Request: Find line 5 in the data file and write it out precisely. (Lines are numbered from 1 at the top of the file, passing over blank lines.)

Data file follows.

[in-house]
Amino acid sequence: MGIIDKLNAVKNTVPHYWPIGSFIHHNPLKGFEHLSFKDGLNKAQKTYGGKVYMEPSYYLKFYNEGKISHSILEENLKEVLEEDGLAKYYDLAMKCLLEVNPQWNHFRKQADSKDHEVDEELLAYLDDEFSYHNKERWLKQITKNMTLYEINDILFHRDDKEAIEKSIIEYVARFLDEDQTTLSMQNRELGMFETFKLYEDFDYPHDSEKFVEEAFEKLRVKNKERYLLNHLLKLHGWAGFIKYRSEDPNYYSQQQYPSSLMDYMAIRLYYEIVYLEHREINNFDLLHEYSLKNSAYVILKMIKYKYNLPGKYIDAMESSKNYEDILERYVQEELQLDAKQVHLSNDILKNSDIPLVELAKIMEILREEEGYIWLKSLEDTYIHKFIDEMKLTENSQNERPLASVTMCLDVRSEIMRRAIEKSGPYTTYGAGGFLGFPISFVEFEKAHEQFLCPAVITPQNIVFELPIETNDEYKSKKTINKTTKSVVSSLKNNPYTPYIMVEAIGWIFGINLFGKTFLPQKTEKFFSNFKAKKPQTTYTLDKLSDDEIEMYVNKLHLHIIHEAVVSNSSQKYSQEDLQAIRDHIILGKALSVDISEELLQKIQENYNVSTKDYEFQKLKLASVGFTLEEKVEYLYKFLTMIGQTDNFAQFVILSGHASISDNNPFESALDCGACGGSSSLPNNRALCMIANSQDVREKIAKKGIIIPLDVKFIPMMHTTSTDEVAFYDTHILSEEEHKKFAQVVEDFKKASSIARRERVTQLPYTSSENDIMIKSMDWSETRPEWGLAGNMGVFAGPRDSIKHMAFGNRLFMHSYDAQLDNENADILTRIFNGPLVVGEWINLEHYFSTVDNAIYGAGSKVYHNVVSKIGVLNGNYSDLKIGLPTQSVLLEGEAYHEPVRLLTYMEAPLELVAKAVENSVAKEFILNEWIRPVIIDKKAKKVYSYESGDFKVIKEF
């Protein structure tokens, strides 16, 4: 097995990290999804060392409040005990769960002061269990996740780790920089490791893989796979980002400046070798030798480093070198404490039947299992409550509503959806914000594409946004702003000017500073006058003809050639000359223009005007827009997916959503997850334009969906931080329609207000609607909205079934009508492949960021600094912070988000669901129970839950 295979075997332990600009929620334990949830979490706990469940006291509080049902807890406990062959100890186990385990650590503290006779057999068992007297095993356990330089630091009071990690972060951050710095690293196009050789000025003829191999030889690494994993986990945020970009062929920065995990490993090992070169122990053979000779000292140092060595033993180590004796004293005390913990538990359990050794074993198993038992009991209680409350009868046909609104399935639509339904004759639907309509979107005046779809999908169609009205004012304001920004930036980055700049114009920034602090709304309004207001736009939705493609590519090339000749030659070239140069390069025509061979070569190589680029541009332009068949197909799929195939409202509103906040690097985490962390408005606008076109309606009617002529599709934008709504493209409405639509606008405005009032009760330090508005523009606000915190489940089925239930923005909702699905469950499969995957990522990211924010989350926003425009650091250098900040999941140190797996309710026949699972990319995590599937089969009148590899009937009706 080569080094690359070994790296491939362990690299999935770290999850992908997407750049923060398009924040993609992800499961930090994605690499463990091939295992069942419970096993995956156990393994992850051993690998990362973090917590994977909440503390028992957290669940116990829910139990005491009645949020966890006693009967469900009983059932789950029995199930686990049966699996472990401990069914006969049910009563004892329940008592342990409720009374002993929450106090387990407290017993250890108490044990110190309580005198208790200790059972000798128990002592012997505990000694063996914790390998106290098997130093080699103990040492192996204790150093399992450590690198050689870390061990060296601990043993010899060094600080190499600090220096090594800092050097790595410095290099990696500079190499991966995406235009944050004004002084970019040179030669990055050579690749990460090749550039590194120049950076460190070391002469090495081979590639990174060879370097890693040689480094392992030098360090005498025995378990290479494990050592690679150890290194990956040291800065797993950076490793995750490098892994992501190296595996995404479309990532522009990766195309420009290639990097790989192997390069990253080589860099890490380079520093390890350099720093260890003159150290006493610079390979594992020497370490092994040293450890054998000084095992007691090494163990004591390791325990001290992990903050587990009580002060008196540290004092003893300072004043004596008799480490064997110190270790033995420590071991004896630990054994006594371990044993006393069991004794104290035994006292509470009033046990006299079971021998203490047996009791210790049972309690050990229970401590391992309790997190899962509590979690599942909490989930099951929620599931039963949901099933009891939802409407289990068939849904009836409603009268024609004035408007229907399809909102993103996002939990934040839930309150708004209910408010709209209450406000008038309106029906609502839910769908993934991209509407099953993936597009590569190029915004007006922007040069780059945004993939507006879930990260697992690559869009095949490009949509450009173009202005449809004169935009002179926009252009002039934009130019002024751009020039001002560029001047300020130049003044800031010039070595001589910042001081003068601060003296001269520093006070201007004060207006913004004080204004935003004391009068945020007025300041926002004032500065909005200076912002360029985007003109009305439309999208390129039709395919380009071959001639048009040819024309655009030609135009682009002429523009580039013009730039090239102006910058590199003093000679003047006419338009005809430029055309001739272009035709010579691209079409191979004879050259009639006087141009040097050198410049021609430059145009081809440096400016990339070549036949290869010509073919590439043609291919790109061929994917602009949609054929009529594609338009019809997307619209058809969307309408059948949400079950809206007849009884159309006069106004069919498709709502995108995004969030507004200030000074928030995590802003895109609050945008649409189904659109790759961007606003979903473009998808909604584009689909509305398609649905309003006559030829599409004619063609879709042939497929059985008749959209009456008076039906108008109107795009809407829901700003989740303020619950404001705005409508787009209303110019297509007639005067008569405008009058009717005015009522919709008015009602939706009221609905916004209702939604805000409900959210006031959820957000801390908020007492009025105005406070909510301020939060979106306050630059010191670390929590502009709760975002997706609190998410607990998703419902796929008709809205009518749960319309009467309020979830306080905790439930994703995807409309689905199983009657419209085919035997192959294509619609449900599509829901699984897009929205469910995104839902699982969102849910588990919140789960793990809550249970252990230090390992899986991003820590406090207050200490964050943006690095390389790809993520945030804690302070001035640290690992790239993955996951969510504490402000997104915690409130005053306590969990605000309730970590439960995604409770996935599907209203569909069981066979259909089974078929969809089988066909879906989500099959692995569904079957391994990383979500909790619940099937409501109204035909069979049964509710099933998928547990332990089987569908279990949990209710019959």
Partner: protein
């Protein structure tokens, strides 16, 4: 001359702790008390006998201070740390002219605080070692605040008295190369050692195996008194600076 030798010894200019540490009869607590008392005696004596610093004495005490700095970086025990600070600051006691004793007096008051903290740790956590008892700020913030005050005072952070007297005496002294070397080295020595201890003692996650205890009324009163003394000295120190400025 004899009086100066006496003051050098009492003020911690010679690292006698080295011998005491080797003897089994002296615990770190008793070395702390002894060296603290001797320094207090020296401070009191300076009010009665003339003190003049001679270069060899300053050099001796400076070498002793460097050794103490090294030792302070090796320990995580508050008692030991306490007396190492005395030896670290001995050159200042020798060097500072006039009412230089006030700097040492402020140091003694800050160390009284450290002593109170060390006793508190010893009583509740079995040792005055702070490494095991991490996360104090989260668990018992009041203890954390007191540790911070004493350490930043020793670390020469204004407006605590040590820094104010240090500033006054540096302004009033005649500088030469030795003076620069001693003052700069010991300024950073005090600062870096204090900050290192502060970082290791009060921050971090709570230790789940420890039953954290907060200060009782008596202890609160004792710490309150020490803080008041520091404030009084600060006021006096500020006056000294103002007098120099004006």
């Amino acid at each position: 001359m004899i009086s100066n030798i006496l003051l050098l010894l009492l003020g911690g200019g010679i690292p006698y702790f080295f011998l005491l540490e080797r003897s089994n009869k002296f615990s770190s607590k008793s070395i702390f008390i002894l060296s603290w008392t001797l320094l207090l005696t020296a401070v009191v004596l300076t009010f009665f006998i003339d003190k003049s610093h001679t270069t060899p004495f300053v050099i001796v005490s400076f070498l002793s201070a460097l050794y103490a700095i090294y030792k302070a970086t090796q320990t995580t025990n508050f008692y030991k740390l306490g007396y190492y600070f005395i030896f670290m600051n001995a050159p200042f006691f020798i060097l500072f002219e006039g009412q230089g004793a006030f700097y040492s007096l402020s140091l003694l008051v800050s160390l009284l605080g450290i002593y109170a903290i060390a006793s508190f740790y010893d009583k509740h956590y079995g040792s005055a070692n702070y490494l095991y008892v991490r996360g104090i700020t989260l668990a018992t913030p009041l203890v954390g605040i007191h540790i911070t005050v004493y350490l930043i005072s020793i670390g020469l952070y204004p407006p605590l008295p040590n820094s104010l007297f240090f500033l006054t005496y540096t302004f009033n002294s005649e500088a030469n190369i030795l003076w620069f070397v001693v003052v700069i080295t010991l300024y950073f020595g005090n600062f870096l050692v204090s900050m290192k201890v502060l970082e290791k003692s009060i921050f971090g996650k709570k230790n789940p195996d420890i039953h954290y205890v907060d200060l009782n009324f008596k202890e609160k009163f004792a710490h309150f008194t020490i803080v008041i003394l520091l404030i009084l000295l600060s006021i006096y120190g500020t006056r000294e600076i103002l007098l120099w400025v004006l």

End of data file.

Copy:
């Protein structure tokens, strides 16, 4: 001359702790008390006998201070740390002219605080070692605040008295190369050692195996008194600076 030798010894200019540490009869607590008392005696004596610093004495005490700095970086025990600070600051006691004793007096008051903290740790956590008892700020913030005050005072952070007297005496002294070397080295020595201890003692996650205890009324009163003394000295120190400025 004899009086100066006496003051050098009492003020911690010679690292006698080295011998005491080797003897089994002296615990770190008793070395702390002894060296603290001797320094207090020296401070009191300076009010009665003339003190003049001679270069060899300053050099001796400076070498002793460097050794103490090294030792302070090796320990995580508050008692030991306490007396190492005395030896670290001995050159200042020798060097500072006039009412230089006030700097040492402020140091003694800050160390009284450290002593109170060390006793508190010893009583509740079995040792005055702070490494095991991490996360104090989260668990018992009041203890954390007191540790911070004493350490930043020793670390020469204004407006605590040590820094104010240090500033006054540096302004009033005649500088030469030795003076620069001693003052700069010991300024950073005090600062870096204090900050290192502060970082290791009060921050971090709570230790789940420890039953954290907060200060009782008596202890609160004792710490309150020490803080008041520091404030009084600060006021006096500020006056000294103002007098120099004006």